Zhuge Liang, (181-234 AD), is a great historical figure who lived during the Three States Period. When he was young, Zhuge Liang’s teacher, Sir Shuijing, lived a reclusive life in the Village of Shuijing. Sir Shuijing kept a rooster that would strut about in his yard. Everyday at noon, the rooster would crow three times and Sir Shuijing would end his lessons at the sound of his crow.

Zhuge Liang, however, loved to study and always wanted to listen to his teachings for far longer than the rooster’s crow would allow. So, he came up with an idea. He stitched a small pocket into his pants and filled it with rice. When the rooster was about to crow, signaling the end of the lesson, he would quietly spread the rice outside the window. By the time the rooster has finished eating all the rice, and hour or two would have passed.

Eventually, Sir Shuijing found out about his secret tactic and when he did he took it badly. He thought Zhuge Liang was playing a trick on him, and sent him home immediately.  

After Zhuge Liang left, Madame Shuijing spoke on his behalf. She said, “Zhuge Liang did this solely for the purpose of getting more out of the lessons you give. You should forgive him this time.”

Sir Shuijing knew that Zhuge Liang was extremely sharp and diligent, he liked him alot. He wanted to call him back but before he did Sir Shuijing decided to find out more about his character. He sent one of his young servants to Longzhong (now Nanyang City, Henan Province), where Zhuge Liang lived, to privately investigate.

The young servant came back with three stories about Zhuge Liang.

The Three Moving Stories of Zhuge Liang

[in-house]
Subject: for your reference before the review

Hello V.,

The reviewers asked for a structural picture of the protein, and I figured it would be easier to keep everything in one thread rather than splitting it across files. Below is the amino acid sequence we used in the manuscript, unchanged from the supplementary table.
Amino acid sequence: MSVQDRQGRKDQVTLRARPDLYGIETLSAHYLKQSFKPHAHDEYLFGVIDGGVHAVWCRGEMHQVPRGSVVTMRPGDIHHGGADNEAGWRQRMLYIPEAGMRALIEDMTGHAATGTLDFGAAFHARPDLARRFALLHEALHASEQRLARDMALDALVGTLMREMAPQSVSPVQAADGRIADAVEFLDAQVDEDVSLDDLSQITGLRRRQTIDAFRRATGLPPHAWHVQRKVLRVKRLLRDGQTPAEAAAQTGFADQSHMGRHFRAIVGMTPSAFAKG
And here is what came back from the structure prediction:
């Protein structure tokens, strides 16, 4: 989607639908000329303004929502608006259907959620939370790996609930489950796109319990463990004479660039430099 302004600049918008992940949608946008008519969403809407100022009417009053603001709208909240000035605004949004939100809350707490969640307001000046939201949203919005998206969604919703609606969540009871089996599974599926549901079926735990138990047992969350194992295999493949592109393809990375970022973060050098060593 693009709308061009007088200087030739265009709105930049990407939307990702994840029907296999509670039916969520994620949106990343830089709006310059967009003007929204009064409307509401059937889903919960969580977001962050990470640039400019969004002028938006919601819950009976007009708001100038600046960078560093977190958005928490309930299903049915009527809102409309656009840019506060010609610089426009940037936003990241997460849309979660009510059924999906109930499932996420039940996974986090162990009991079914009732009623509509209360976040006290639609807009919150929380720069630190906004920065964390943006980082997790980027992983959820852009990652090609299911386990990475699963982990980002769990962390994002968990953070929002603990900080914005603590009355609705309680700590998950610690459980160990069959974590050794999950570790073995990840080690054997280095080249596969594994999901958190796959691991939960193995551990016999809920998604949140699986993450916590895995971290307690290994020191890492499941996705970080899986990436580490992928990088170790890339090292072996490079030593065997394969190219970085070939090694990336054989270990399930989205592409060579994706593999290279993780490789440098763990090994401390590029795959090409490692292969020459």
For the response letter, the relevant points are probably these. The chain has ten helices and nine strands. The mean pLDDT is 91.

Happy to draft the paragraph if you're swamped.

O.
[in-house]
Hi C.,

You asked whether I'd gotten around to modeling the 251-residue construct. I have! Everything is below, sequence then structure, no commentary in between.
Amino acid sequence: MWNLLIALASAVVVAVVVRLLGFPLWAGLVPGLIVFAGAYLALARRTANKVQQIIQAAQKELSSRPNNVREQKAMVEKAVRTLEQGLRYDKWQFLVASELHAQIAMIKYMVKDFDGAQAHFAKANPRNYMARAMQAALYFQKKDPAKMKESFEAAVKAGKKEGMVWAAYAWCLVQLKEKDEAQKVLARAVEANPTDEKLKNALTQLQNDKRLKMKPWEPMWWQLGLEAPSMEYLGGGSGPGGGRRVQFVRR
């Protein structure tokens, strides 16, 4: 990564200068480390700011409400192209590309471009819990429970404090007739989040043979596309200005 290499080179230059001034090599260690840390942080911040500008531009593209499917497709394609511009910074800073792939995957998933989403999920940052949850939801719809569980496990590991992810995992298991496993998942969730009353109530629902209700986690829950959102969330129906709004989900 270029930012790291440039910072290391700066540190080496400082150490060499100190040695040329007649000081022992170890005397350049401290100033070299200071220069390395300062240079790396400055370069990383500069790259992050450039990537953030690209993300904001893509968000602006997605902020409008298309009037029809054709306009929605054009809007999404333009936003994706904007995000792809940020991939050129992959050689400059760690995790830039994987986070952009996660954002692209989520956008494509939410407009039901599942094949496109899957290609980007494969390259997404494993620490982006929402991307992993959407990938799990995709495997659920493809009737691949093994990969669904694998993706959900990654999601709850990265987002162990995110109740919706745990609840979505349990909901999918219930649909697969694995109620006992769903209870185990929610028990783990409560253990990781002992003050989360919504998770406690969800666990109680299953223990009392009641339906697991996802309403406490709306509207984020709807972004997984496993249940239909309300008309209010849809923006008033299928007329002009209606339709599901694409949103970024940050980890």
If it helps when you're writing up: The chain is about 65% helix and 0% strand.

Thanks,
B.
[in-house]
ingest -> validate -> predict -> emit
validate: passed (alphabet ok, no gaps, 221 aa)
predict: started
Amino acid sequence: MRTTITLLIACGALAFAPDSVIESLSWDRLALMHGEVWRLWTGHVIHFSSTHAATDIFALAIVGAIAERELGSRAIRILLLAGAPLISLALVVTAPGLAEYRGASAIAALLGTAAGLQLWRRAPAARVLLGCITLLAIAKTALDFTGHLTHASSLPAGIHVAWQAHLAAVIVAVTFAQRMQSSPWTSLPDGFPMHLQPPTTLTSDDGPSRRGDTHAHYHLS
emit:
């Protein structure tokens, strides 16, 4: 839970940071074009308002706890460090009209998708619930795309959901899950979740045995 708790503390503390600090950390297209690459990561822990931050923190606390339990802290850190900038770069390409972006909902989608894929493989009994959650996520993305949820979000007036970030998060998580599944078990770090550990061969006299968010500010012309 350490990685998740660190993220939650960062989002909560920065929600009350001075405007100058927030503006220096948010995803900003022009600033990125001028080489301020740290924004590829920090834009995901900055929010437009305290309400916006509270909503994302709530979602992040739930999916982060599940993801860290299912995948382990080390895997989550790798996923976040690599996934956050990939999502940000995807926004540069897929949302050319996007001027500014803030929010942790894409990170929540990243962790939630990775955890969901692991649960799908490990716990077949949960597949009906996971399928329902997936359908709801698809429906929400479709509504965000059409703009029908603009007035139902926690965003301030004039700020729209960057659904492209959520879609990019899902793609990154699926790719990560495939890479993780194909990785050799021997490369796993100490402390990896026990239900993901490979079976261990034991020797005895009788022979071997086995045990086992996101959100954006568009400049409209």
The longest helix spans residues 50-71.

The first story told of Zhuge Liang’s loyalty as a son. His mother could not endure the cold weather, so every night he would go into the mountains to collect a rare type of grass to spread out over his mother’s bed. Every evening, he would first lay down in the bed to warm it up before his mother got in, to spare her the coldness of an empty bed.

The second story told of his consideration for his neighbors. There was a well near Zhuge Liang’s home. In order to get to the well, he needed to pass two patches of vegetable fields. But since he was not tall, he worried that the water buckets that he carried might hang down too low and damage the vegetables his neighbors were growing. So he came up with a painstaking solution. He always took a detour, and walked an extra mile around the base of the hill, just to spare their crops.

The third told of his humility. Before learning from Sir Shuijing, Zhuge Liang sought answers from a young man who lived nearby. Later on, although Zhuge Liang had become much more learned than the young man, he still respected him and treated him humbly. Out of respect for the lessons he had taught him.

The Teacher’s Response

After Sir Shuijing heard the three stories, he nodded in appreciation. “Zhuge Liang will be an outstanding fellow!” He immediately asked the young servant to take him to Longzhong so he could invite Zhuge Liang back in person.

Sir Shuijing appreciated and recognised Zhuge Liang’s impeccable character and happily passed on to him all of his knowledge.

Later, Zhuge Liang became an outstanding politician and military strategist. Besides his breadth of knowledge, he was respected by others for his exceptional moral character. A truly ‘outstanding fellow’, indeed.

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